COVID-19 has changed the way that physicians are thinking about patient care, forcing them to adapt to new technologies and protocols. It has also given physicians the opportunity to think about the future of medicine, including what it may look like after COVID-19. Through this blog series, we’re interviewing physicians to share their first-hand experiences on how they’re adapting their practices during the COVID-19 pandemic, as well as their thoughts on the future of patient care.
We interviewed Rohan R. Walvekar, MD, to get his perspective on patient care and what the future of sialendoscopy procedures may look like during the COVID-19 pandemic. Dr. Walvekar is the Director of Salivary Endoscopy Service and the Co-Director of ENT Service University Medical Center in the department of Otolaryngology Head & Neck surgery at the Louisiana State University Health Sciences Center in New Orleans, Louisiana.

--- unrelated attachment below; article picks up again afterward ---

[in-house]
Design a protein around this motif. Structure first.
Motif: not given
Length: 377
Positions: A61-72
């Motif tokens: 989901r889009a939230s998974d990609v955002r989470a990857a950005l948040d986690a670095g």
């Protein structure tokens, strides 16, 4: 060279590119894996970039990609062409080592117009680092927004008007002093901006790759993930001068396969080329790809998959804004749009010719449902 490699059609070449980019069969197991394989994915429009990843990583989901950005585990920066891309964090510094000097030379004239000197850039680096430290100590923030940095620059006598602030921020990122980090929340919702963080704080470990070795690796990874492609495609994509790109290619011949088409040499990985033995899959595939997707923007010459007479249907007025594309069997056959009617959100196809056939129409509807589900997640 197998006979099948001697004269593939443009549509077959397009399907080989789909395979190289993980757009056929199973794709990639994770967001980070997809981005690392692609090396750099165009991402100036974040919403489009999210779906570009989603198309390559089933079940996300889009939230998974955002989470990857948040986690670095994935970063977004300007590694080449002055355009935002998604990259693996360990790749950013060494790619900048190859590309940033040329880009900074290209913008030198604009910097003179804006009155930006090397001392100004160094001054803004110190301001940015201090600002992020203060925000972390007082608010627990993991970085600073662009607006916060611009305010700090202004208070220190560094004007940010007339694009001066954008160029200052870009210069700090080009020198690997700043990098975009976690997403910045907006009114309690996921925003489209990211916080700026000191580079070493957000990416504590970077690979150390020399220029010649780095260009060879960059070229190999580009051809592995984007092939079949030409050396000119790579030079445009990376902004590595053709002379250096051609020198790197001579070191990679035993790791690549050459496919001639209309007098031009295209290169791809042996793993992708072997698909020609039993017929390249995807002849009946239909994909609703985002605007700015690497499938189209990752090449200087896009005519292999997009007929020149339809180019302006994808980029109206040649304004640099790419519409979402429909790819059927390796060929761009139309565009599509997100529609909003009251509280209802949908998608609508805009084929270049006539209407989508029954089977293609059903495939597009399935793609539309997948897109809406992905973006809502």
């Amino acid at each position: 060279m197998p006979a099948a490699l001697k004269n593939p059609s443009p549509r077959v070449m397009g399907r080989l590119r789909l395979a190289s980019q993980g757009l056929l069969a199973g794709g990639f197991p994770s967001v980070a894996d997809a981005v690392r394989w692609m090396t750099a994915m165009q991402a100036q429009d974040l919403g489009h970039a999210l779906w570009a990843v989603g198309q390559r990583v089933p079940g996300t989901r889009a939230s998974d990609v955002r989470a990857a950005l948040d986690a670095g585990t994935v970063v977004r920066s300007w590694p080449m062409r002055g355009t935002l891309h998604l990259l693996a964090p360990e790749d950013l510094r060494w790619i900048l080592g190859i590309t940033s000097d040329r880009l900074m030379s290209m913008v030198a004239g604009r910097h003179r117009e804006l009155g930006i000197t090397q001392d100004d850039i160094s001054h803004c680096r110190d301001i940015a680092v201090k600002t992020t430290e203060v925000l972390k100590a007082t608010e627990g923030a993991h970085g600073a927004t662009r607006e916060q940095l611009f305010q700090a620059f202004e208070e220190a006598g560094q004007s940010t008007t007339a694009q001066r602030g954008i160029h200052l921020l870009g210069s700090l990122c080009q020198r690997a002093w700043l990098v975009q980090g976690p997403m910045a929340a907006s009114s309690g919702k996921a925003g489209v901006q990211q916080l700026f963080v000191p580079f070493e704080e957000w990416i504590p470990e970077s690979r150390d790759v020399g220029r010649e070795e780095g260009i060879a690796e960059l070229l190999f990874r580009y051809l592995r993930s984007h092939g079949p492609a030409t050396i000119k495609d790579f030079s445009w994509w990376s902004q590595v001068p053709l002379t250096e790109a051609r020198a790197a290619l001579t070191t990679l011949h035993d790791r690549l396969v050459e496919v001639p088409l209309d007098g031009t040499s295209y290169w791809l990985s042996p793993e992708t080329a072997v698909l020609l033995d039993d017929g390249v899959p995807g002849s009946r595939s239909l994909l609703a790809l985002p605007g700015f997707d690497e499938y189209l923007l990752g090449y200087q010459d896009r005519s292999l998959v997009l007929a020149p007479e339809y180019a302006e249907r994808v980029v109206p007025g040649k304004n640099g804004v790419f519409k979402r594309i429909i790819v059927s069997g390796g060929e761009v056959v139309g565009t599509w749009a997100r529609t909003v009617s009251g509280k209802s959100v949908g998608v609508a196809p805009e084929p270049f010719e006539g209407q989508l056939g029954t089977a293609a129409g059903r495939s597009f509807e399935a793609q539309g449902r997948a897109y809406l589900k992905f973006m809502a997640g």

Below are some highlights of the interview. For the full interview, download the PDF here.
The future of sialendoscopy procedures
How have sialendoscopy procedures changed to adapt to COVID-19 in your practice?